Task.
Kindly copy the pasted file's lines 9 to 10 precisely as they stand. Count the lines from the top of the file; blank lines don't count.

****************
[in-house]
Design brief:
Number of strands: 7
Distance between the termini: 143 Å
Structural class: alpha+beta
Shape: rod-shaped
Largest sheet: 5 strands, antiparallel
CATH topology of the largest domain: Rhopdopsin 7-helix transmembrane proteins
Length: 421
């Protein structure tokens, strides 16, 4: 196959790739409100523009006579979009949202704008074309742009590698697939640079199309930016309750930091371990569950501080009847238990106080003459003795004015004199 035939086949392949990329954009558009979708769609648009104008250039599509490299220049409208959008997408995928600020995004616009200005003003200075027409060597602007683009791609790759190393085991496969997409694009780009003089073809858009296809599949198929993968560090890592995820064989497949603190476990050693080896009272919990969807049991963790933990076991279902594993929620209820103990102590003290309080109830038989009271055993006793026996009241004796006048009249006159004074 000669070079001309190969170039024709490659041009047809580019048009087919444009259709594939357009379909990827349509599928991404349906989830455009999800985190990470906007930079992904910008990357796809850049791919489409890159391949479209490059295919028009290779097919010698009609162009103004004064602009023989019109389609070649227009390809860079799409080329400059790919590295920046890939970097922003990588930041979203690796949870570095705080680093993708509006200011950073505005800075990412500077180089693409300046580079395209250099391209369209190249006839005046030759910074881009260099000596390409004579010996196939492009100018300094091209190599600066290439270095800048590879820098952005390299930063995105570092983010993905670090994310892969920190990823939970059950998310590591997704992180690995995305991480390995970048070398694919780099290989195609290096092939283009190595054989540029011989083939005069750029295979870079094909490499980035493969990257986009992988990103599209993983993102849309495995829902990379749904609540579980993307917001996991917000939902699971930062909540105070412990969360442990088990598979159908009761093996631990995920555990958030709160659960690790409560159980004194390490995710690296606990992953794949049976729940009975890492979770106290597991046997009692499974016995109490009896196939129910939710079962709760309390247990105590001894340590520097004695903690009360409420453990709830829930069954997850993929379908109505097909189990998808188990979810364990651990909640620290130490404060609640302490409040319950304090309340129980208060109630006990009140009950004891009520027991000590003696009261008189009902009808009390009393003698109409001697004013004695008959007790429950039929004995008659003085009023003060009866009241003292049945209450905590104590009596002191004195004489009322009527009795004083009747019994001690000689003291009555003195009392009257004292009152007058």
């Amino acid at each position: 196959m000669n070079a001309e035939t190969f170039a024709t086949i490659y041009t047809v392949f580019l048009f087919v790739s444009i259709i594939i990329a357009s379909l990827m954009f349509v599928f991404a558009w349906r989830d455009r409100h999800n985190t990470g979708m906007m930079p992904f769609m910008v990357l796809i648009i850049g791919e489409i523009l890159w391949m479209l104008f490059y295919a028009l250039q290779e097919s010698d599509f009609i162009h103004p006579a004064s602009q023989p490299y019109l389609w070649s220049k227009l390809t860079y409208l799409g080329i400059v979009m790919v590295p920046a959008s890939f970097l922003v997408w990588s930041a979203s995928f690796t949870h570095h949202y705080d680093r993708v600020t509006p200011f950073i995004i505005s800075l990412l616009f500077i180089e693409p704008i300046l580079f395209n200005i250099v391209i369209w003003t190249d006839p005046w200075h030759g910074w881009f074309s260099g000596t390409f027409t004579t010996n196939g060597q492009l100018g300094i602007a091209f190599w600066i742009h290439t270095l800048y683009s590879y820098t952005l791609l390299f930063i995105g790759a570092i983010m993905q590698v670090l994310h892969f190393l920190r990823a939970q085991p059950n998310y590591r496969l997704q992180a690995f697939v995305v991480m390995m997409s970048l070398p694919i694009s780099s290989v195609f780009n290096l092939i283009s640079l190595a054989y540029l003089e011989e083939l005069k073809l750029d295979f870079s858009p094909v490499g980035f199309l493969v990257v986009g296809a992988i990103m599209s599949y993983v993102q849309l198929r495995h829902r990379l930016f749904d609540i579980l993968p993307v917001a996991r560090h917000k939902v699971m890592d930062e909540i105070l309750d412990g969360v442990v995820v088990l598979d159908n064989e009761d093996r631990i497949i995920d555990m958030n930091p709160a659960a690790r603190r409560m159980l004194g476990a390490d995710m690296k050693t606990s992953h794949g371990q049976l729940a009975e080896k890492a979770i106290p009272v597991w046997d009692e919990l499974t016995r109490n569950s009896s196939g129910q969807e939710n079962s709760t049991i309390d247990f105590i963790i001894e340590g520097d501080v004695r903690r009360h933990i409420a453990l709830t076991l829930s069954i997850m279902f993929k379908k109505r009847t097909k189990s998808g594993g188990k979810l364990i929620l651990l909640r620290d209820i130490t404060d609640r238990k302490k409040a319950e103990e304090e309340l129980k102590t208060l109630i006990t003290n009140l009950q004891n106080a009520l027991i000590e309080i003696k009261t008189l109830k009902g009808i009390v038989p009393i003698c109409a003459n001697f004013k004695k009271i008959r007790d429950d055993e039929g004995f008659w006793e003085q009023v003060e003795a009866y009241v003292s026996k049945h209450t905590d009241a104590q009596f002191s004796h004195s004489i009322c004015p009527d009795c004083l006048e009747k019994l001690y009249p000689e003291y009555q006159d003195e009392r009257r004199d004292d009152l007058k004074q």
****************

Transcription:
Length: 421
């Protein structure tokens, strides 16, 4: 196959790739409100523009006579979009949202704008074309742009590698697939640079199309930016309750930091371990569950501080009847238990106080003459003795004015004199 035939086949392949990329954009558009979708769609648009104008250039599509490299220049409208959008997408995928600020995004616009200005003003200075027409060597602007683009791609790759190393085991496969997409694009780009003089073809858009296809599949198929993968560090890592995820064989497949603190476990050693080896009272919990969807049991963790933990076991279902594993929620209820103990102590003290309080109830038989009271055993006793026996009241004796006048009249006159004074 000669070079001309190969170039024709490659041009047809580019048009087919444009259709594939357009379909990827349509599928991404349906989830455009999800985190990470906007930079992904910008990357796809850049791919489409890159391949479209490059295919028009290779097919010698009609162009103004004064602009023989019109389609070649227009390809860079799409080329400059790919590295920046890939970097922003990588930041979203690796949870570095705080680093993708509006200011950073505005800075990412500077180089693409300046580079395209250099391209369209190249006839005046030759910074881009260099000596390409004579010996196939492009100018300094091209190599600066290439270095800048590879820098952005390299930063995105570092983010993905670090994310892969920190990823939970059950998310590591997704992180690995995305991480390995970048070398694919780099290989195609290096092939283009190595054989540029011989083939005069750029295979870079094909490499980035493969990257986009992988990103599209993983993102849309495995829902990379749904609540579980993307917001996991917000939902699971930062909540105070412990969360442990088990598979159908009761093996631990995920555990958030709160659960690790409560159980004194390490995710690296606990992953794949049976729940009975890492979770106290597991046997009692499974016995109490009896196939129910939710079962709760309390247990105590001894340590520097004695903690009360409420453990709830829930069954997850993929379908109505097909189990998808188990979810364990651990909640620290130490404060609640302490409040319950304090309340129980208060109630006990009140009950004891009520027991000590003696009261008189009902009808009390009393003698109409001697004013004695008959007790429950039929004995008659003085009023003060009866009241003292049945209450905590104590009596002191004195004489009322009527009795004083009747019994001690000689003291009555003195009392009257004292009152007058």